What a week for the Sunday Independent to publish an article on where to find the best pizza in the country (presumably written weeks earlier) and not mention the place that's completely dominated
social media for the past 10 days - Pi. If ever there was an argument for holding something back until said newbie could be sampled, doing a swift rewrite, or the relevance of a piece that appears dated even before it's been published, this is it.
No mention of Katy McGuinness' fav Sano either, which she last week declared the best pizza in Ireland (and that wasn't the first time we heard it spoken about in those terms), or another constantly talked about contender for best in the city, Dublin Pizza Company. Some solid recommendations on Lucinda's list nonetheless, with Osteria Lucio, Gaillot et Gray, Forno 500 and Cirillo's all getting a place in the top 20. The other Dublin spots which made it are Fellini's in Deansgrange, Shovelhead in Monkstown and Pizza Yard in Ranelagh. Better luck next year Pi.
After Katy McGuinness' winning meal at Sano last week she was probably due some bad luck, and she got it with the coddle pizza at The Baths at Clontarf. She calls it "a truly terrible idea" and "an awful pizza. Don't whatever you do, order this dish, not even for fun."
The whole experience got off to a bad start with a request for an outside table denied (only drinks served on the terrace bizarrely), before being were shown to a table "from which every possible view of the pool or the sea is obliterated - by walls, by masonry, by a tea station, and by a huge banquette in the middle of the adjacent conservatory-type structure." Sure why would you need to see the actual sea when you have a beach hut, nautical lighting and a seaside mural in the dining room. Sure you could be on a boat.
The other brunch dishes they tried fared slightly better. Eggs Benedict on a soda farl with bacon and spinach had good hollandaise but too much bacon. A lobster roll was a "serviceable iteration" but the amount of lobster felt stingy and the accompanying chips weren't crisp enough. It was the coddle pizza however that was the stomach churner: "It looks terrible - pale, the cheese barely melted, the pieces of organic bacon limp and flaccid. It looks as if it hasn't yet been in the oven. But it has." Mmmm...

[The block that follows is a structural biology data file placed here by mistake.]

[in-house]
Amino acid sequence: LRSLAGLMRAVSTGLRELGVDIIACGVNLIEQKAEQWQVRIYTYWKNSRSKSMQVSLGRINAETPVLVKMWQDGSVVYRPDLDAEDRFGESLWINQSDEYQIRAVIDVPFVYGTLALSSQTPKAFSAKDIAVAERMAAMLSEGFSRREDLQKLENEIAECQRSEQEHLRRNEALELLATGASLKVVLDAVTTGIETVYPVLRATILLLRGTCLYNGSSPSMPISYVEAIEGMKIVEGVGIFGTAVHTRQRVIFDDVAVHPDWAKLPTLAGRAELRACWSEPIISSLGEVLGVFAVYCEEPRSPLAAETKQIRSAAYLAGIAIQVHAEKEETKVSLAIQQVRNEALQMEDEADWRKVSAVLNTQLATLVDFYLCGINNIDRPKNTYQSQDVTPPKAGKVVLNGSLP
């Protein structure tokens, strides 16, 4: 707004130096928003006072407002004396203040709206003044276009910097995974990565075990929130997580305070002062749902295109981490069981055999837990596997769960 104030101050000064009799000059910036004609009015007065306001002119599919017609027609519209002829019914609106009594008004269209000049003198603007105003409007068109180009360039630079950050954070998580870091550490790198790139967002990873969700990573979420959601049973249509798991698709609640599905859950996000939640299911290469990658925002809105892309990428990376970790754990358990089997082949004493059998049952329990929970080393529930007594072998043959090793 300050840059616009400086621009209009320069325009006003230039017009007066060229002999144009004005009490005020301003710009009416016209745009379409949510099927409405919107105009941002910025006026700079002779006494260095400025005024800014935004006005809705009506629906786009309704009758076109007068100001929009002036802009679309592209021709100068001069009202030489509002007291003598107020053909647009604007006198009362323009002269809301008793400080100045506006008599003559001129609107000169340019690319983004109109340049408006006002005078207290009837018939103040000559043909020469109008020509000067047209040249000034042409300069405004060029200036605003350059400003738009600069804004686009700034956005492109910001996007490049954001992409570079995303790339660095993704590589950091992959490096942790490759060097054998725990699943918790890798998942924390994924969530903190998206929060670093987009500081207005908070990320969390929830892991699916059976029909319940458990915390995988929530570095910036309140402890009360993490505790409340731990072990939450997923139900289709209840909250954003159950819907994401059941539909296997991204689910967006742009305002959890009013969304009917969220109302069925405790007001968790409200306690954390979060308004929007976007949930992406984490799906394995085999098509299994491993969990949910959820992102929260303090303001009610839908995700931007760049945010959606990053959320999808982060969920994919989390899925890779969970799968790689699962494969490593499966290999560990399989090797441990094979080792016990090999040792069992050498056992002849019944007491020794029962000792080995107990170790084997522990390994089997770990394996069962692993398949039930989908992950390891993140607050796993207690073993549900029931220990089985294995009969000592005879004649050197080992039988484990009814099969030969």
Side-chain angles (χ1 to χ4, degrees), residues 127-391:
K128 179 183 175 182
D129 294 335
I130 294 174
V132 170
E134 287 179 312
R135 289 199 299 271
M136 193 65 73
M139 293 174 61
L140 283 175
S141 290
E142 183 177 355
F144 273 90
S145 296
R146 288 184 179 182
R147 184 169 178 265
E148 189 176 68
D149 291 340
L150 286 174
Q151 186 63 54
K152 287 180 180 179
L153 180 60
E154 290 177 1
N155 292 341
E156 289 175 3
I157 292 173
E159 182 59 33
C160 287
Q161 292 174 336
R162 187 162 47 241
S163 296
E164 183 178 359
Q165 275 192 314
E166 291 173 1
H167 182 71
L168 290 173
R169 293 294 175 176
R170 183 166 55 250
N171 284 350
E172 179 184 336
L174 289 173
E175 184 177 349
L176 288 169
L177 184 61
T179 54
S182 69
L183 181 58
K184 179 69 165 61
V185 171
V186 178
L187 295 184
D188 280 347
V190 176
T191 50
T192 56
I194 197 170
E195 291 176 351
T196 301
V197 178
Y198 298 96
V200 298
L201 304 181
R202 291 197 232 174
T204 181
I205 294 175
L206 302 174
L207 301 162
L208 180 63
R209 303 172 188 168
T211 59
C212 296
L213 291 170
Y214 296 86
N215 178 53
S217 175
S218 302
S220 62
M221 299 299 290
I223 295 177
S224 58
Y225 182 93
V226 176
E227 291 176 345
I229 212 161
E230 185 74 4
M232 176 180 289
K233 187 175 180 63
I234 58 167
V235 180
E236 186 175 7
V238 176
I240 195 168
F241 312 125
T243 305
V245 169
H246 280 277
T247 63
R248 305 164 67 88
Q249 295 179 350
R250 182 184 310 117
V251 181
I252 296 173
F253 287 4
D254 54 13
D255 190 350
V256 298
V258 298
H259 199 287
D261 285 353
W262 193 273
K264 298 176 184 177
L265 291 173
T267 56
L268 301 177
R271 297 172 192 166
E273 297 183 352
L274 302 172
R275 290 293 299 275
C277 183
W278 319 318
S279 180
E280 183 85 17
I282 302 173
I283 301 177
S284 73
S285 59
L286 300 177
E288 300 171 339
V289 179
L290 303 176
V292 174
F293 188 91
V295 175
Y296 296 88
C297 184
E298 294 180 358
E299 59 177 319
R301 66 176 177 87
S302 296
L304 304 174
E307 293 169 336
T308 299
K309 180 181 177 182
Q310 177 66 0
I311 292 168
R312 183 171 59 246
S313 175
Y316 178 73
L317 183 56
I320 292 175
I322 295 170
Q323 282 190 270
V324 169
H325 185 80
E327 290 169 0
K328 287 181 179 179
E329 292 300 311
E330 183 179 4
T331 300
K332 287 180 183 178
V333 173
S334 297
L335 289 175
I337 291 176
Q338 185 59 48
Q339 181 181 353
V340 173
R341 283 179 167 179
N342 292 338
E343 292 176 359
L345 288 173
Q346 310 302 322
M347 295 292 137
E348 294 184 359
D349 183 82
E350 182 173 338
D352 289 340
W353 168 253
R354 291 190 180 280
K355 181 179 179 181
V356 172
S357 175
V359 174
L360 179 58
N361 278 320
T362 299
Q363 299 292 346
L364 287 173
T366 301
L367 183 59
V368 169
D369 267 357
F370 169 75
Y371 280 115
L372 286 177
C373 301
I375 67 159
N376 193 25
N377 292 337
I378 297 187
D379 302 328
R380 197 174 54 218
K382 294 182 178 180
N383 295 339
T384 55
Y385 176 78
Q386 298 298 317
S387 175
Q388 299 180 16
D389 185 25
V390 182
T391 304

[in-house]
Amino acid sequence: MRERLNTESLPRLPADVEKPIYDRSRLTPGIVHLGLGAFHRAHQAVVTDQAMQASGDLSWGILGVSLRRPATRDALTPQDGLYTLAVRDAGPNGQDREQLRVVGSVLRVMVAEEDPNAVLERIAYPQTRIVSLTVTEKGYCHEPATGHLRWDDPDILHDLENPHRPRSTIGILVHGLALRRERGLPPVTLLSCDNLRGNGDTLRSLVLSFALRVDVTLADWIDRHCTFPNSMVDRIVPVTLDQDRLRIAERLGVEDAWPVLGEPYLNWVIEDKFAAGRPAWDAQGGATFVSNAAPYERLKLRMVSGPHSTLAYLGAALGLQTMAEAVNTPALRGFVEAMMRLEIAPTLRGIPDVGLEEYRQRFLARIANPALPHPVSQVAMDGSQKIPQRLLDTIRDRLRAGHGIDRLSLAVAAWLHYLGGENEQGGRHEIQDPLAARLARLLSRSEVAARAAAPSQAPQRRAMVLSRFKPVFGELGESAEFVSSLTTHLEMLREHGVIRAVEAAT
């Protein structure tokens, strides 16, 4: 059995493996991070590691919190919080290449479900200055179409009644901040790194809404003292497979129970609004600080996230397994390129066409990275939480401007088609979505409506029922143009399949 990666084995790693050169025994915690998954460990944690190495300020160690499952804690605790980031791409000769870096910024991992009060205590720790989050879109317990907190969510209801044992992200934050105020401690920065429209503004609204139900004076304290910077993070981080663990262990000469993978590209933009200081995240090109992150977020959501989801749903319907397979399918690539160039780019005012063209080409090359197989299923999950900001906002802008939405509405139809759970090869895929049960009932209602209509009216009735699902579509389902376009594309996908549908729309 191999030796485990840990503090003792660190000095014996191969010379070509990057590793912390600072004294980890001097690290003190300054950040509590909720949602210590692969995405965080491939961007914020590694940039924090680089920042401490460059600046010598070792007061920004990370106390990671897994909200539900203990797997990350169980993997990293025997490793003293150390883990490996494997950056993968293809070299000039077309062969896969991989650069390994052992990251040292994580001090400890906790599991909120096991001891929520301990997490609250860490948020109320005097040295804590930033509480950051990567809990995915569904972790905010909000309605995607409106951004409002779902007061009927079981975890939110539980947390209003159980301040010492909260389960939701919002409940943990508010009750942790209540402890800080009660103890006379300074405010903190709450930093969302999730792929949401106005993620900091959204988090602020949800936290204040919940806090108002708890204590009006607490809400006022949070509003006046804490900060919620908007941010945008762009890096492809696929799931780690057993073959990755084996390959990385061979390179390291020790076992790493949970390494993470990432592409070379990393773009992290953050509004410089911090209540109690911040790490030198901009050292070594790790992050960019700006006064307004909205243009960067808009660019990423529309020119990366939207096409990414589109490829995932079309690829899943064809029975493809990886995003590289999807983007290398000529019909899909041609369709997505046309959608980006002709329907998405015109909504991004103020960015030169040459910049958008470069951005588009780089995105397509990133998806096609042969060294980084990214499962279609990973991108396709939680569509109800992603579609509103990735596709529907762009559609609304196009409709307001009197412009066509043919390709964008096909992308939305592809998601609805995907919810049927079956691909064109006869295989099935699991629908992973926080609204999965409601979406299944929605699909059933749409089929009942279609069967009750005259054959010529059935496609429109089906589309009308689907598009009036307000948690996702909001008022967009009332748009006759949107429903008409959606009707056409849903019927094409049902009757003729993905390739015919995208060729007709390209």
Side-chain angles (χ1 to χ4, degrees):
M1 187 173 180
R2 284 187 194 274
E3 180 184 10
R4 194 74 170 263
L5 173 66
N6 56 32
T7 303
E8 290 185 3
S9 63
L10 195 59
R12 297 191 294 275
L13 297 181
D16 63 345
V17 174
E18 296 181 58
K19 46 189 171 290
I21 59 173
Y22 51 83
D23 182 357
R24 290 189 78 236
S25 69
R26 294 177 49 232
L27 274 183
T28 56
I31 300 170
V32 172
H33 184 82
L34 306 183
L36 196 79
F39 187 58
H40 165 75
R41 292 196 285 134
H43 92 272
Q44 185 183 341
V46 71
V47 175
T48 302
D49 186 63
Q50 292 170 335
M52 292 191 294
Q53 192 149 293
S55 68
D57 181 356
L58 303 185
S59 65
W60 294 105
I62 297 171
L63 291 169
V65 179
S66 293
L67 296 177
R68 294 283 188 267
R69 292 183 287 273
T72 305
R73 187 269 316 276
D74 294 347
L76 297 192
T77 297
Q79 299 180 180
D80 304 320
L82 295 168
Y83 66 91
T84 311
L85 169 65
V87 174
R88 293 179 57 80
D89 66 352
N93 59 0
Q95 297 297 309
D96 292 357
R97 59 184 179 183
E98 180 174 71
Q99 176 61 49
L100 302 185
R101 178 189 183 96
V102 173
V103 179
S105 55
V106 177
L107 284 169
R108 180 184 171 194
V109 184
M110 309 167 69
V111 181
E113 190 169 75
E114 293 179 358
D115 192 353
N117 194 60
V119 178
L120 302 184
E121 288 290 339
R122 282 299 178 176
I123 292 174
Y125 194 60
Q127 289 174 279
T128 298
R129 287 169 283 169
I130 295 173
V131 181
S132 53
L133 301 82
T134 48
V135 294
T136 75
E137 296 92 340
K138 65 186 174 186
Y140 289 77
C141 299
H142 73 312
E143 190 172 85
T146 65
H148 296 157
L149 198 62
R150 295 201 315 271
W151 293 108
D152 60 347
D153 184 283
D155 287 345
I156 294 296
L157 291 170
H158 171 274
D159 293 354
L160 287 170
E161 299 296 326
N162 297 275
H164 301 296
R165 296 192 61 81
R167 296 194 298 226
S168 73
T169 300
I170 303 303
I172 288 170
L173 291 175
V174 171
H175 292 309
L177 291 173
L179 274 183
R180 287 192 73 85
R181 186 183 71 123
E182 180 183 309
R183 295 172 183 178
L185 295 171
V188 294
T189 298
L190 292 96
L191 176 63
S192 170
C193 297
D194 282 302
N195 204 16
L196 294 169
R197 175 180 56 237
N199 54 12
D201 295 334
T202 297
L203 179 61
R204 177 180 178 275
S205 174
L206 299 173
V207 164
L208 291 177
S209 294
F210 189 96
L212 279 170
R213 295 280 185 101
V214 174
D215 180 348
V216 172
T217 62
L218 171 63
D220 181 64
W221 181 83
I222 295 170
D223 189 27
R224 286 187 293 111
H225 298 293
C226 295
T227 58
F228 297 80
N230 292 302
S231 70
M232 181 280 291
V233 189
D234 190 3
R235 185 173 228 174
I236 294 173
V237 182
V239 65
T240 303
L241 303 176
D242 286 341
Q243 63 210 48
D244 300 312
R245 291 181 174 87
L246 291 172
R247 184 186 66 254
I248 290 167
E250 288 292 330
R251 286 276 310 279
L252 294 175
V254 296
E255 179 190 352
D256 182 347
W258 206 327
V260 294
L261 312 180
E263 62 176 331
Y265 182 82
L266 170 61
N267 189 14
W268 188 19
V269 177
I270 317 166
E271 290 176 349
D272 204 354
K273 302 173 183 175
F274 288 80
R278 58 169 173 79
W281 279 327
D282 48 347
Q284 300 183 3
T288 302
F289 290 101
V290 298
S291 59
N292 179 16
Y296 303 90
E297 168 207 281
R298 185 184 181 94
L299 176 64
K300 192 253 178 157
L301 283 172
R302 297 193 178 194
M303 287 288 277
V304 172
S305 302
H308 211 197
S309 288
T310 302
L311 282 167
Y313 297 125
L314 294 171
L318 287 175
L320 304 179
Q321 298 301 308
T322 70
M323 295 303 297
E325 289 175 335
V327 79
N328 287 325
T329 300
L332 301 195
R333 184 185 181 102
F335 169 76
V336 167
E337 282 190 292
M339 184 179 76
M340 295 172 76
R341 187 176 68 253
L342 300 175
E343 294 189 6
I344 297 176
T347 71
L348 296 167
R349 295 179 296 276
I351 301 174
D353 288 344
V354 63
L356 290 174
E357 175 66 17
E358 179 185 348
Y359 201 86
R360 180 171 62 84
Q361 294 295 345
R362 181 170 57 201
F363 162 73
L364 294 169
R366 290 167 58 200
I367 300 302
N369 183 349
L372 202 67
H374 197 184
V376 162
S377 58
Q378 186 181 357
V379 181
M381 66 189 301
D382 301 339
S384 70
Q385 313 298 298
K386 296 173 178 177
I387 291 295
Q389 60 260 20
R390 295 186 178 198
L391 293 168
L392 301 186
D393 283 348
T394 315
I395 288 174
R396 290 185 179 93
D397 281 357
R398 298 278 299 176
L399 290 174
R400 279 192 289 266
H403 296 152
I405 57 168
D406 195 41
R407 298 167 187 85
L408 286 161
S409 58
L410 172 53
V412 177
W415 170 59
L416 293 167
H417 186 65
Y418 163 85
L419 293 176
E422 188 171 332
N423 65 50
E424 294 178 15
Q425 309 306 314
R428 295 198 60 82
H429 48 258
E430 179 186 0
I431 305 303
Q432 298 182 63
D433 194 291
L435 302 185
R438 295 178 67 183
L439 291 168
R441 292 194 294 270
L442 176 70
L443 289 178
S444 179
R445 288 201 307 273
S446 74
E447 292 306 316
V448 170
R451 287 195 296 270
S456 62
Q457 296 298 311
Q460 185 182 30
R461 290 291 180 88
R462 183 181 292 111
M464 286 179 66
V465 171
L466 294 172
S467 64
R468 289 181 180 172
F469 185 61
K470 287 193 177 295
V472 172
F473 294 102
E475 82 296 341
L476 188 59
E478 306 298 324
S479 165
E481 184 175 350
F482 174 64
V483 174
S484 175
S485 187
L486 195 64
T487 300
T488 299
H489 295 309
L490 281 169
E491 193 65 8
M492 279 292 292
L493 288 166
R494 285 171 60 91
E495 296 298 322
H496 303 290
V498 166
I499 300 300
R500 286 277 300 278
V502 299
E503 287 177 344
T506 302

Desserts of an "uninspiring" knickerbocker glory and a "bland" affogato were "sweet, creamy, forgettable", and she says that "in such a magnificent location, both the décor and the food at The Baths are a disappointment." The Baths have been swimming (sorry) in controversy since they opened a few months ago over their failure to open the public swimming baths (the whole point of the project and why they were allowed to proceed in the first place) and are currently being investigated by Dublin City Council investigation for breaches to their planning permission. They've been given until September to make changes - maybe removing the coddle pizza is one of them. Read her review here.
In the Sunday Business Post, Gillian Nelis had a much more successful trip to The Cliff Townhouse on Stephen's Green, which she calls "good for the soul and good for the stomach". She describes head chef Sean Smith as "one of the best fish and seafood chefs in the country", and the dining room as "one of the nicest places to eat in the city".
West coast scallop ceviche with lime, chilli and orange was "a well-balanced, delicate starter", while cured mackerel with rhubarb, beetroot and blue cheese was "a much more robust affair", which she loved, but would have liked a bit more blue cheese. Her main of brill was gorgeous to look at and gorgeous to eat, and came with girolles, pea purée, fresh peas and a "divine" clam and mussel sauce. Her other half's main of halibut with asapargus and hollandaise wasn't going to win any awards for creativity but was "well-cooked nonetheless".
Full from the "lovely" treacle bread they'd filled on up earlier, they shared a dessert of crème caramel with "just the right amount of vanilla", rum-soaked raisins and sugared puff pastry, and she says that the pricing at The Cliff Townhouse is one of the things she likes most about it. While you can go all out with champagne, lobster and caviar, you can also eat relatively inexpensively with a fish pie for €18 or a pot of mussels for €13.90, and "given where you’ll be eating – in the centre of a city that, let’s face it, is getting jaw-droppingly expensive – that’s more than fair." Read her review here (subscription only).